Hi Mike,
You add a lot of fun to this forum for me.
***Would mobility in these other dimensions be especially useful in making molecular machines or something?***
We can only guess at the answer. My guess would be that, yes indeed, mobility in these other dimensions would be especially useful for something.
***Could one travel throughout the universe and/or manipulate matter and energy in transcendent ways without these illustrations?***
Not in these bodies we couldn't. That would be like asking if we could build substantial structures here in our world out of shadows. Shadows are two-dimensional things and you can't use them to build three-dimensional things. They just aren't thick enough. Our bodies, being three-dimensional would have the same problem trying to exist in higher dimensions.
***Do those dimensions exist for sure, or are they mathematical maybes only for now?***
Does anything exist for sure? I don't think so with the one exception of thought. I am 100% sure thought exists, and slightly less certain about everything else. The same goes for those dimensions.
***I also ask your subjective estimate of HOW MUCH the 20-edge example failed to illustrate a higher dimension. If it would not give away too many secrets, would you please rank the information loss you just described (32 to 20 sides) in terms of how it affected the problem of illustrating higher dimensions??***
I'm glad you asked for a subjective estimate. I think that's pretty easy. I described how to get such an estimate in my original post to Luis. Maybe you missed it, or maybe I wasn't clear, or maybe you aren't familiar with the term 'Necker Cube'. I'll give it another shot.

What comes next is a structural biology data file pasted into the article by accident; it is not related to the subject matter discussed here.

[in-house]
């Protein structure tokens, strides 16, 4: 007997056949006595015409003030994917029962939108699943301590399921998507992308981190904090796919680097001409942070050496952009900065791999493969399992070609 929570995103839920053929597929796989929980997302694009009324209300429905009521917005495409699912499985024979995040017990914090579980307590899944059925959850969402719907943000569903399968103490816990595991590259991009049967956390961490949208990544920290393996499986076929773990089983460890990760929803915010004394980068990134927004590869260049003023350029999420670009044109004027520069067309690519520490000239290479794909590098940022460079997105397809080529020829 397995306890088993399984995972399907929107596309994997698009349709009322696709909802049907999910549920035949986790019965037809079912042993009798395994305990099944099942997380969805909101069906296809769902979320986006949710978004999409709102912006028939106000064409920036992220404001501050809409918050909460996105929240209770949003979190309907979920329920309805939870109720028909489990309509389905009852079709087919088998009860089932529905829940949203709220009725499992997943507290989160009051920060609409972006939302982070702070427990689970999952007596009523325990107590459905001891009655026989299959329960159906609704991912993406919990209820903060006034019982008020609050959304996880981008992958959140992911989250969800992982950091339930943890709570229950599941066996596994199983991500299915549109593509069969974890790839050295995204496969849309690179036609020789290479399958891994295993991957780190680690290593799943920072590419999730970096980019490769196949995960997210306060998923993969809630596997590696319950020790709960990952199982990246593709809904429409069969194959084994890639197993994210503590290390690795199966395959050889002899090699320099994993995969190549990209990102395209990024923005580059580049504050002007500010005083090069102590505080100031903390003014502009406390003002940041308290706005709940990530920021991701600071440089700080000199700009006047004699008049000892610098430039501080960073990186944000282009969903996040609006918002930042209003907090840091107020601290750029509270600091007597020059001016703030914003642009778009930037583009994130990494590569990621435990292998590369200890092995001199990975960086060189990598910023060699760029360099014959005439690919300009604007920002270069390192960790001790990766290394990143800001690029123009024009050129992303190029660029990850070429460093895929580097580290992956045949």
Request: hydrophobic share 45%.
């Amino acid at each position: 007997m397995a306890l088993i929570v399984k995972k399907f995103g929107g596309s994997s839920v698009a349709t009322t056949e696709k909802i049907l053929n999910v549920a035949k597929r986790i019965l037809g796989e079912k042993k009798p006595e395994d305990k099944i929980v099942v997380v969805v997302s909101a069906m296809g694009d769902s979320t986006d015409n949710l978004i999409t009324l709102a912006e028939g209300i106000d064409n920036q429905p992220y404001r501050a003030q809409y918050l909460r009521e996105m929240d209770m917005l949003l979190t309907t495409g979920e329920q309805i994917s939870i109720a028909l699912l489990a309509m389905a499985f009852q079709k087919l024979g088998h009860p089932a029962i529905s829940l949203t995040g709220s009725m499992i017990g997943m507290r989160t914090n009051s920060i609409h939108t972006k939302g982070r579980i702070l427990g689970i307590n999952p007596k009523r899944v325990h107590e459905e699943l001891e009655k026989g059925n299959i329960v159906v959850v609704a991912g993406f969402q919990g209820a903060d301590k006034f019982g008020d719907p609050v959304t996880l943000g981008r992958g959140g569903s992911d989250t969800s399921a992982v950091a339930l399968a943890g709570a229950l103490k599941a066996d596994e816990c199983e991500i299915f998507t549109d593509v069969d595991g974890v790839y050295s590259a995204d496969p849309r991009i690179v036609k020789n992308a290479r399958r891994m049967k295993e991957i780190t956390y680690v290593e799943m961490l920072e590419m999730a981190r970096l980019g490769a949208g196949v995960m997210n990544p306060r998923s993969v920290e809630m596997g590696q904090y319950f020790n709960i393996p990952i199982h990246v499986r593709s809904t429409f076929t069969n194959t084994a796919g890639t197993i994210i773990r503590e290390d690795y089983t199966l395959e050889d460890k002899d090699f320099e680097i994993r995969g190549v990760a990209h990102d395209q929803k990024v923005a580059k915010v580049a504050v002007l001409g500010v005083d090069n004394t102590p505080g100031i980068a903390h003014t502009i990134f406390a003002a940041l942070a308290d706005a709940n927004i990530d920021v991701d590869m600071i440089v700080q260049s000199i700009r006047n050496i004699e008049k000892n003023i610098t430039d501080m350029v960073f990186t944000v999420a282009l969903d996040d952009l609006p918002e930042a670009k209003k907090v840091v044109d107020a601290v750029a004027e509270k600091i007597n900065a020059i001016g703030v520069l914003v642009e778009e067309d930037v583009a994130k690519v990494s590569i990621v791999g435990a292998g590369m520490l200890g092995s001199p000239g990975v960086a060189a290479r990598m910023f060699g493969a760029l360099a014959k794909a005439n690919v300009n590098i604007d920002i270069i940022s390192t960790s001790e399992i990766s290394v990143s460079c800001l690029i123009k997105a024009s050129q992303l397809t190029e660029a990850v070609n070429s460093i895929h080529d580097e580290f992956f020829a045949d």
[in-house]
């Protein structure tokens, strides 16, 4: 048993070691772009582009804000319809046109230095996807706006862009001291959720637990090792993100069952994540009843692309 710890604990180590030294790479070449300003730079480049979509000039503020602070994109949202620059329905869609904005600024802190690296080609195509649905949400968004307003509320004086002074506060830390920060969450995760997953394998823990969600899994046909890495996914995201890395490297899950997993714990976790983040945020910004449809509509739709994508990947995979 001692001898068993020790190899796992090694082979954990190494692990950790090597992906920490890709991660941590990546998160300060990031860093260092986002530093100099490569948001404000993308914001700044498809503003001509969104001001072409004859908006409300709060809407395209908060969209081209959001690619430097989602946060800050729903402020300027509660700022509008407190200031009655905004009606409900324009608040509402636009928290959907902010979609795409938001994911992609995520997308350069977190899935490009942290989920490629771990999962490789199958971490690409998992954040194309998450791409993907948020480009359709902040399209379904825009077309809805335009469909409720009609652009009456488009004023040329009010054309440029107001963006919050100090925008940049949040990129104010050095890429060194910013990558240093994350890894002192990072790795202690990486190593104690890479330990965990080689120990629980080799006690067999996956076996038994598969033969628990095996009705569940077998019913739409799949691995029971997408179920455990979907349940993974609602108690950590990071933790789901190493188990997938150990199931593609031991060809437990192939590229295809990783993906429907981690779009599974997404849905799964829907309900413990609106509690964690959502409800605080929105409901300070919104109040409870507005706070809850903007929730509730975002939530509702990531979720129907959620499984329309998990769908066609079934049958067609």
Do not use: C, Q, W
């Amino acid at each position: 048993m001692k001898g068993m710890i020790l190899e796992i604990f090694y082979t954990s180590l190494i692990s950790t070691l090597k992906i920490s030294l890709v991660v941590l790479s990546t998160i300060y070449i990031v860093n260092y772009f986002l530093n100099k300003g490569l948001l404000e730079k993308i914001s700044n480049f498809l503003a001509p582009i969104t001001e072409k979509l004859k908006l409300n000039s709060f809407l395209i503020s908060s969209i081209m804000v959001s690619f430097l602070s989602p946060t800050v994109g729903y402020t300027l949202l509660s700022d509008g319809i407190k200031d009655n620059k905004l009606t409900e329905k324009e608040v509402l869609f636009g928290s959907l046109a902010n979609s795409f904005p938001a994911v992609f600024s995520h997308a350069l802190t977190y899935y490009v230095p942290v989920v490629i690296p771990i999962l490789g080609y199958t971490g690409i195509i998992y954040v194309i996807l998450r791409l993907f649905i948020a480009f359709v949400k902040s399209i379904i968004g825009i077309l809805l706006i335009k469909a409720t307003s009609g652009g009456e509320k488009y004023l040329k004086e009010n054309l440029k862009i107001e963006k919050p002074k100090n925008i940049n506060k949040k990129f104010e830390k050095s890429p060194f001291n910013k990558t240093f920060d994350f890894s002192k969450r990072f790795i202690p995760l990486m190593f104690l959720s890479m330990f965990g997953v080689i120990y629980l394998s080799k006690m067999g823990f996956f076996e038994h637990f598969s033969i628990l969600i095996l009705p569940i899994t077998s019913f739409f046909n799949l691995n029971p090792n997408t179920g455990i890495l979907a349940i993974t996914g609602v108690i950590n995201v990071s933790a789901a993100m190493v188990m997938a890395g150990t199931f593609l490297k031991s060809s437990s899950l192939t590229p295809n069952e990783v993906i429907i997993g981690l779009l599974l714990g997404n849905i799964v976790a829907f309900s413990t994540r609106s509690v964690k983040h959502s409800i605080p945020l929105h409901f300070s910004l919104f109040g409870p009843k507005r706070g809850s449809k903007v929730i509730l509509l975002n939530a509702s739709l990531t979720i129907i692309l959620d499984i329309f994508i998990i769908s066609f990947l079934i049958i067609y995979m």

If you imagine a "cube" made from 12 wire edges soldered together at the corners, and then imagine the shadow it would cast, you can imagine a Necker Cube. It is nothing more than a line drawing of a cube where you can see all the edges.
Imagine rotating that wire model and noticing the various shadows it can make. One degenerate case is where it is lined up so the shadow is only one square (the light source has to be very far away for this trick). Another one would be two adjacent rectangles. Another one is three adjacent rectangles. And so on.
Now, try to imagine how you would manipulate that cube so that it would cast a shadow that looks like a square and its diagonals. You can't really do that with shadows, but you can get sort of close if your light source is very close to the center of one face but still outside the cube, the screen on which the shadow is cast is in the plane of the opposite face, and you are looking at the screen from 57 miles away in the direction of the light source.
This is the 3D to 2D equivalent of Luis' 4D to 3D degenerate projection. From 57 miles away, you will barely be able to make out the faint shadow of the front square. (It is very large, but very faint and you are very far away.) The shadow of the back square will be actual size, but from 57 miles away, it looks like a dot. Then you have the shadows of the other four edges each making half a diagonal as they go from the outside corners to that dot in the middle.
So now, when you gaze at a square with two diagonals, is it easy to visualize a cube? Is it not a lot easier to visualize a cube by looking at one of the non-degenerate shadows of that wire model? Your subjective judgement of this question will provide you with the subjective quantification you seek.
I gotta go to bed.
Warm regards,
Paul |